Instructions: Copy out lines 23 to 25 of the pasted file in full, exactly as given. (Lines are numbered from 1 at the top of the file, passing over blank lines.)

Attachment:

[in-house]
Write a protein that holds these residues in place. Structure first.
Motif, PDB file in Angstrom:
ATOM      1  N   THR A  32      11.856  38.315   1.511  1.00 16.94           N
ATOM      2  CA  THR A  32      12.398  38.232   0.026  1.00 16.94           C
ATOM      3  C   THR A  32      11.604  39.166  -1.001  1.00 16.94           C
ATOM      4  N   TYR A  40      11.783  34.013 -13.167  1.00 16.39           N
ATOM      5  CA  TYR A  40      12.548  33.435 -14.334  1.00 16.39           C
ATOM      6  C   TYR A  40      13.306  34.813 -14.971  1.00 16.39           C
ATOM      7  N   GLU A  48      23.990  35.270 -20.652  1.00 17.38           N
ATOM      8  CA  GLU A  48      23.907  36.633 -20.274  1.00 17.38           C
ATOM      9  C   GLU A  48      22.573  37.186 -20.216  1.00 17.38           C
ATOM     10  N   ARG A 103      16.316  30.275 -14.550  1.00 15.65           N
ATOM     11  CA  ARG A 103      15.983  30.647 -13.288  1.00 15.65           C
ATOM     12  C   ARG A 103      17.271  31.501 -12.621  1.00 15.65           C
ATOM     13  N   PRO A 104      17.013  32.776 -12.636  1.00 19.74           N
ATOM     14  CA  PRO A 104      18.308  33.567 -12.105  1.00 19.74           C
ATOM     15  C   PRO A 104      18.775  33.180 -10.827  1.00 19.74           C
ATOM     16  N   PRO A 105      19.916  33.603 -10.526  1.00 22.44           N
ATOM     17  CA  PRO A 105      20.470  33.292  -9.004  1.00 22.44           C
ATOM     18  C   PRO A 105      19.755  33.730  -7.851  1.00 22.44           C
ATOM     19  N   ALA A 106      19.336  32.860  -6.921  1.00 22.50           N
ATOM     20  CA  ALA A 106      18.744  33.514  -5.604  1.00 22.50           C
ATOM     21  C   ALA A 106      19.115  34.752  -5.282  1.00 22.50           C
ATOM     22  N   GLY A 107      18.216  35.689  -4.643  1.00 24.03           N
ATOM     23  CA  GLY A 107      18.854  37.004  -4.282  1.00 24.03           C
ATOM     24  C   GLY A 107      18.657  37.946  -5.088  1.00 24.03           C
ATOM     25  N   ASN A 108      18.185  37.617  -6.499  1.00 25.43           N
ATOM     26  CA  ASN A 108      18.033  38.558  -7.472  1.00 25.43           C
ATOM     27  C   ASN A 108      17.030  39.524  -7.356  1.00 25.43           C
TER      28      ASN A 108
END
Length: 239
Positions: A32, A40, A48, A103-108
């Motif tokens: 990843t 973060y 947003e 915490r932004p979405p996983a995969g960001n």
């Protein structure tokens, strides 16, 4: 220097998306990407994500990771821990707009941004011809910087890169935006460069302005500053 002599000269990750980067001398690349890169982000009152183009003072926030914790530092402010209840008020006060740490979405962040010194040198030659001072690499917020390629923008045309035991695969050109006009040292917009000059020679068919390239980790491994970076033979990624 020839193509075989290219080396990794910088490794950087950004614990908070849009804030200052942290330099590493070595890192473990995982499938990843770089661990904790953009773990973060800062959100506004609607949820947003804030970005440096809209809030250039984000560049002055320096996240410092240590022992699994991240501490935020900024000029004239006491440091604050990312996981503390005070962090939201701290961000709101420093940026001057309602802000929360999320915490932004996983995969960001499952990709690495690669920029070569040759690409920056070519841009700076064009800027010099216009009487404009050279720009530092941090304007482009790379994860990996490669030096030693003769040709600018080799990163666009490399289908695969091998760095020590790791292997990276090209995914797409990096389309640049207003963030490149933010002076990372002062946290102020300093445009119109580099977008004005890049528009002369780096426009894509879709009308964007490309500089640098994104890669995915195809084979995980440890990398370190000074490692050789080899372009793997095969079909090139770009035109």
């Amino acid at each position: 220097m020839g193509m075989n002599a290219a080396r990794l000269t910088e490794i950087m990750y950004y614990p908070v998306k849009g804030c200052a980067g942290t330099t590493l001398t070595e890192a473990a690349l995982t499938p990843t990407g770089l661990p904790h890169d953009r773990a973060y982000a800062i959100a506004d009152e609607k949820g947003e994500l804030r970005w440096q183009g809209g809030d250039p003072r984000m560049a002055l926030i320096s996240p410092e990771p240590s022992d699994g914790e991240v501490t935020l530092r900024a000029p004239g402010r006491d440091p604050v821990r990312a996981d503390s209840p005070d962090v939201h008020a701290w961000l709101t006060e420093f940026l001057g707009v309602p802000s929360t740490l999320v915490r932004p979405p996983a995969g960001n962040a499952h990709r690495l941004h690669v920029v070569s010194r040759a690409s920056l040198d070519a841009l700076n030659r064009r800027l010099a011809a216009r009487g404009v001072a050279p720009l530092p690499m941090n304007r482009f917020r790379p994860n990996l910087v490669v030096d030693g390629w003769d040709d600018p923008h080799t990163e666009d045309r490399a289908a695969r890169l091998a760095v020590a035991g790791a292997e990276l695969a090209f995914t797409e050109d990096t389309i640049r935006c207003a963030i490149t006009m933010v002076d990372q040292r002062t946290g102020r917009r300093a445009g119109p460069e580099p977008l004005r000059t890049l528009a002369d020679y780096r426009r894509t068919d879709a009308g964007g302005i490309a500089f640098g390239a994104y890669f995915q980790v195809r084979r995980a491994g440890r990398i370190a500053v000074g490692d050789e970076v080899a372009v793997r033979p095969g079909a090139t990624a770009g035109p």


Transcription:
ATOM     20  CA  ALA A 106      18.744  33.514  -5.604  1.00 22.50           C
ATOM     21  C   ALA A 106      19.115  34.752  -5.282  1.00 22.50           C
ATOM     22  N   GLY A 107      18.216  35.689  -4.643  1.00 24.03           N